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Pulitzer Center Update April 21, 2016

Suicide Strikes Canada's First Nation Tribes


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MIKE PINAY, Qu’Appelle Indian Residential School (1953-1963).“It was the worst 10 years of my life. I was away from my family from the age of six to 16. How do you learn about family? I didn’t know what love was. We weren’t even known by names back then. I was a number.” Image by Daniella Zalcman. Canada, 2015.

For more than a century, many Western governments operated a network of Indian Residential Schools...

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Elwood Friday, who attended St. Phillips Indian Residential School (1951-1953), said “I’ve never told anyone what went on there. It’s shameful. I am ashamed. I’ll never tell anyone, and I’ve done everything to try to forget.” Image by Daniella Zalcman. Canada, 2015.

The chief and the council of Canada's Attawapiskat community declared a state of emergency in early April after a wave of suicide attempts forced members to reevaluate the issue of communal mental health, according to a recent New York Times report.

Since September 2015, 101 people—or 5 percent of the population—have attempted suicide in the Attawapiskat First Nation, leaving bystanders in desperation and disbelief as they struggle to break this trend of self-destruction.

Attawapiskat's high rate of suicide attempts is not a new phenomenon and the small aboriginal community of 2,000 residents is not alone in its rising surge of destructive behavior.

While reporting on the effects of Canada's residential school system for her Pulitzer Center-supported project "Signs of Identity in Canada's First Nation," grantee Daniella Zalcman learned that a disproportionate number of First Nations people engage in high-risk behavior including drug abuse, alcoholism, violence and unprotected sex. She also discovered prevalence rates of HIV in Canada's indigenous groups were 5-10 times higher than in comparable populations in Australia, New Zealand, or the United States.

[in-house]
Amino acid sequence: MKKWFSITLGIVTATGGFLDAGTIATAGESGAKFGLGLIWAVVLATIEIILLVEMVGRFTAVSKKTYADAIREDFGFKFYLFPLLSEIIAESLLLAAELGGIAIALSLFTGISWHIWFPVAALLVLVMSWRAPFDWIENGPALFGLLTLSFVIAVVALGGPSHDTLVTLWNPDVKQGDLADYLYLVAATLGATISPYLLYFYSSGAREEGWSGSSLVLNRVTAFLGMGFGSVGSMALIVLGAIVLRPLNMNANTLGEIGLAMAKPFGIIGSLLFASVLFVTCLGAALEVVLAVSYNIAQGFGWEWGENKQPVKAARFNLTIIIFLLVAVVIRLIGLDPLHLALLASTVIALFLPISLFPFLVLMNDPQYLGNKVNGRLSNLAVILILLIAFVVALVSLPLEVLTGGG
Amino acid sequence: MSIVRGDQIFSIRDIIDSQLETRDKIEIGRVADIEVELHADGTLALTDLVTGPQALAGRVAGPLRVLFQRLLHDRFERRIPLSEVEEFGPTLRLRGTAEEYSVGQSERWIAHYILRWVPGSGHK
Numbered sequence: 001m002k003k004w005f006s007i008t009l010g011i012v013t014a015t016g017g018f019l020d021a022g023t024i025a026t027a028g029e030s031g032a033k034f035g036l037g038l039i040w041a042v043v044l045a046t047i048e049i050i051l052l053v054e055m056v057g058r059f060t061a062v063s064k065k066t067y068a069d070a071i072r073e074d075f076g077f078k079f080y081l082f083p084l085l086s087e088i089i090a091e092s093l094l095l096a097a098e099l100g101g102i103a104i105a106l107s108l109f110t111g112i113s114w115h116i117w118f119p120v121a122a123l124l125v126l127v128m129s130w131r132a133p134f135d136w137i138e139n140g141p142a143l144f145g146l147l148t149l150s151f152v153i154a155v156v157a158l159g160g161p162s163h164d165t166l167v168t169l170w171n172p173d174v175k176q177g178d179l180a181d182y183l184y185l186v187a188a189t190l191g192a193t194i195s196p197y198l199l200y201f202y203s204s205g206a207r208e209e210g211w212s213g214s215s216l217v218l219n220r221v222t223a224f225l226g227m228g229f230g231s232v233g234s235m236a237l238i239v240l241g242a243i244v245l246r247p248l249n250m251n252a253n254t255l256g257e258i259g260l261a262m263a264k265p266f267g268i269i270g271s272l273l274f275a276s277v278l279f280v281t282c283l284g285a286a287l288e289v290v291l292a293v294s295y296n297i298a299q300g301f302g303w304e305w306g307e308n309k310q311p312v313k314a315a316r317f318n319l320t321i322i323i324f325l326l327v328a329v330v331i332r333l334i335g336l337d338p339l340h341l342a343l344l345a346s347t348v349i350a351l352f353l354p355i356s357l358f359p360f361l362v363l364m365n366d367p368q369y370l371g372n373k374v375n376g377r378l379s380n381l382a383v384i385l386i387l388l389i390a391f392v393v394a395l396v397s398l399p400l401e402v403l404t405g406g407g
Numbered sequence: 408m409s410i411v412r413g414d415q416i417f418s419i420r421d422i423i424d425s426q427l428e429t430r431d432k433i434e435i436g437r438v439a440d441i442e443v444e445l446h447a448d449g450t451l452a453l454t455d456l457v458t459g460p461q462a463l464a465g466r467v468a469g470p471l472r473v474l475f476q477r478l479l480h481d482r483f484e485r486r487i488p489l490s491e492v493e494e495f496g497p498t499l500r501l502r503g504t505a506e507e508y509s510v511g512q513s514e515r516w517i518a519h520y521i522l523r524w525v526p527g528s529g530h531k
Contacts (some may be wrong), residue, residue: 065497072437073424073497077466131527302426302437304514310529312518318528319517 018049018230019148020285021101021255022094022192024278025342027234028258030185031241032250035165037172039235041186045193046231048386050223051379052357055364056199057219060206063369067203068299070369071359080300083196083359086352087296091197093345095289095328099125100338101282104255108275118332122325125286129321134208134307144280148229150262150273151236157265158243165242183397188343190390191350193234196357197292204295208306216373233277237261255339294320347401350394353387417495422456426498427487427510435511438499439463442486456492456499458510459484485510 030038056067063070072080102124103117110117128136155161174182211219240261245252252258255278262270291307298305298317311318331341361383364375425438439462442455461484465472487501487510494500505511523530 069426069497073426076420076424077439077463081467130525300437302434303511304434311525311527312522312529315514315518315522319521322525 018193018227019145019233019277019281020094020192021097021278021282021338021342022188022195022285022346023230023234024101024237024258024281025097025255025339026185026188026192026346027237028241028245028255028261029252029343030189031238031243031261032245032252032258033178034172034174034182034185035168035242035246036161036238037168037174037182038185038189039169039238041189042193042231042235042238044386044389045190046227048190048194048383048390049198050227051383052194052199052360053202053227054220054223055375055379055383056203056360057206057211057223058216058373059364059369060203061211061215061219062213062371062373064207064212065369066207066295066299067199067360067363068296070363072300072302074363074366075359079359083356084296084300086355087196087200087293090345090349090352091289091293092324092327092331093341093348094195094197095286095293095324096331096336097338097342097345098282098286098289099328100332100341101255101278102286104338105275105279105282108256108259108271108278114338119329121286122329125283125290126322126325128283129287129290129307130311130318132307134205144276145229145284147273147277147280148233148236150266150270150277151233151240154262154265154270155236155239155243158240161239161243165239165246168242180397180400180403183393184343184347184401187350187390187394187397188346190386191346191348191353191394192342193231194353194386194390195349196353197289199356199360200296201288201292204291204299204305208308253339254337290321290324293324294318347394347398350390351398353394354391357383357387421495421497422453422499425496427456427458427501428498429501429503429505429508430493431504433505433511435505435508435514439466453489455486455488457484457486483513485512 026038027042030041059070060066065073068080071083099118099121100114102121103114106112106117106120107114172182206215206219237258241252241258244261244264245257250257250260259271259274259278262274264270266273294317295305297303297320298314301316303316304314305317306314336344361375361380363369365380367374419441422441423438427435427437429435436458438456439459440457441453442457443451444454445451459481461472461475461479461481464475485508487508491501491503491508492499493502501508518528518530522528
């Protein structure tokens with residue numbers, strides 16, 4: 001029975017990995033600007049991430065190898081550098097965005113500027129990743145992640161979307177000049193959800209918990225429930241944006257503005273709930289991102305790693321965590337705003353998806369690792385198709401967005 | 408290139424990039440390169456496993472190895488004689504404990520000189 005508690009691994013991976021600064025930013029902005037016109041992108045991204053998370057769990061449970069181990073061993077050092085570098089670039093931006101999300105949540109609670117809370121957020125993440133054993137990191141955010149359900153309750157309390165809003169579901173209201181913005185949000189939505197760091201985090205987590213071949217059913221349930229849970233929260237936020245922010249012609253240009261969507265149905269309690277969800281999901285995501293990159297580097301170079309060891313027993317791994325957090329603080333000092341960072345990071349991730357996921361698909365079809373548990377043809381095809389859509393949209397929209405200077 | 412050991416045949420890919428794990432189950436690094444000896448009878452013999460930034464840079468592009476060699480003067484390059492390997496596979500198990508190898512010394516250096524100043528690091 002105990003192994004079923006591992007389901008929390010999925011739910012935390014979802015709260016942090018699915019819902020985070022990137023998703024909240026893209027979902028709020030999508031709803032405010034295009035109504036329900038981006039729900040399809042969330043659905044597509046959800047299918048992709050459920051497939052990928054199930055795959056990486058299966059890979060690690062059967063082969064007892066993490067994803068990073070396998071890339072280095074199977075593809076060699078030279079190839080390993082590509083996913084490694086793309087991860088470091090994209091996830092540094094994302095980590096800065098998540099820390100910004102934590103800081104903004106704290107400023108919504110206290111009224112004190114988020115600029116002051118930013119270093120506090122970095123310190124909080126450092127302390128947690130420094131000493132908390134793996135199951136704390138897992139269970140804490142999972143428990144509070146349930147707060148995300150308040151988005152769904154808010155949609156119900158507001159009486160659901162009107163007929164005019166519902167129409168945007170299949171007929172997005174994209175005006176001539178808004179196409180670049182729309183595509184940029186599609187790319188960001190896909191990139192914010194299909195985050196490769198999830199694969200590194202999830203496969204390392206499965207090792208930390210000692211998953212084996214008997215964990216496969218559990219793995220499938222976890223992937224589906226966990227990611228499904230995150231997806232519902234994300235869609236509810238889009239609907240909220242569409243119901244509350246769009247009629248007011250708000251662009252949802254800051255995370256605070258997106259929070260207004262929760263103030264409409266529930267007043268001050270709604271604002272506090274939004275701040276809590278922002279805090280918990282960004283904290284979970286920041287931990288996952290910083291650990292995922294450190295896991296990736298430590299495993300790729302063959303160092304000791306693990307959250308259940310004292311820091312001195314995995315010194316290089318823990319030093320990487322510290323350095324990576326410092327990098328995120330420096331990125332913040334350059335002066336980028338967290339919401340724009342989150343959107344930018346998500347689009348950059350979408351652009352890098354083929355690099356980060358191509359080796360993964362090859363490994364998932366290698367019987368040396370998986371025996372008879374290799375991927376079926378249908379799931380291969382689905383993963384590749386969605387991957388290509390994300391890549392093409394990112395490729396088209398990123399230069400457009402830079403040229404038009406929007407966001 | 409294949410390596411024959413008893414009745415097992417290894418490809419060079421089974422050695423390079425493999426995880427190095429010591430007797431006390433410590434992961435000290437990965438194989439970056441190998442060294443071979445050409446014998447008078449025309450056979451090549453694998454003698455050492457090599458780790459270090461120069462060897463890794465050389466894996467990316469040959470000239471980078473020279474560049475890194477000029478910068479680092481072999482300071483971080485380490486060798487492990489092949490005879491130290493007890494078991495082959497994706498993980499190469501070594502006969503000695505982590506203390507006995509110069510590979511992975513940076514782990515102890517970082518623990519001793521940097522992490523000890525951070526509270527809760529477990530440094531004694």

"There's just so little regard for their own behavior," Zalcman told the Pulitzer Center. High-risk behavior—which often results in suicide—is a symptom of bigger problems that involve inter-generational abuse and mental health struggles within the community.

Similarly, Guillaume Saladin, featured in film Circus Without Borders, noticed the prevalence of depression and suicide in his Inuit community of Igloolik in Nunavut, Canada. As a result, he decided to open a youth center and start a circus called Artcirq where community members could express their feelings in a safe manner.

"They feel stuck in time, so they stop thinking right. They don't have a clear vision," Saladin said. "[The circus] opened the minds of the people in Igloolik that if they believe something and are ready to put their minds to it, it's possible."

Zalcman and Saladin agree that the lack of self-esteem and loss of purpose in First Nation communities stems from a history of repression and cultural genocide that is reminiscent of a time when Canada implemented the residential school system in the 19th and 20th centuries, forcing young indigenous students to assimilate into western Canadian culture and forgo their own ethnic identities.

"There is a huge correlation between loss of self-identity and self-destructive behavior," Zalcman said, explaining that many of Canada's indigenous people continue to feel disempowered.

In order to heal the past wounds of neocolonialism and reverse the ongoing trend of self-destruction, Saladin said First Nations members must learn to trust themselves, their communities and the Canadian government. He hopes more communities will recognize the importance of implementing safe spaces similar to Artcirq where individuals can express their grievances, recognize their talents and follow their dreams.

"To address the issues and challenges that Northern communities are facing today, we need more projects like [the circus]," he said. "Projects where trust, identity and dignity are at the center."

Zalcman said it is also important to educate people about Canada's past cultural genocide in order to help heal the loss of identity experienced by many First Nations individuals.

"This is very much a part of history that's left out of history books," she said. "It's shameful and embarrassing." Zalcman said she hopes her upcoming book will become part of the Canadian school system curriculum, giving students the opportunity to learn about the issue. "If my work doesn't create change, I'm in an existential crisis of 'What am I doing?' I want my work to be effective in policy and education change."

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In the remote northern reaches of one of the wealthiest countries of the world is an aboriginal...

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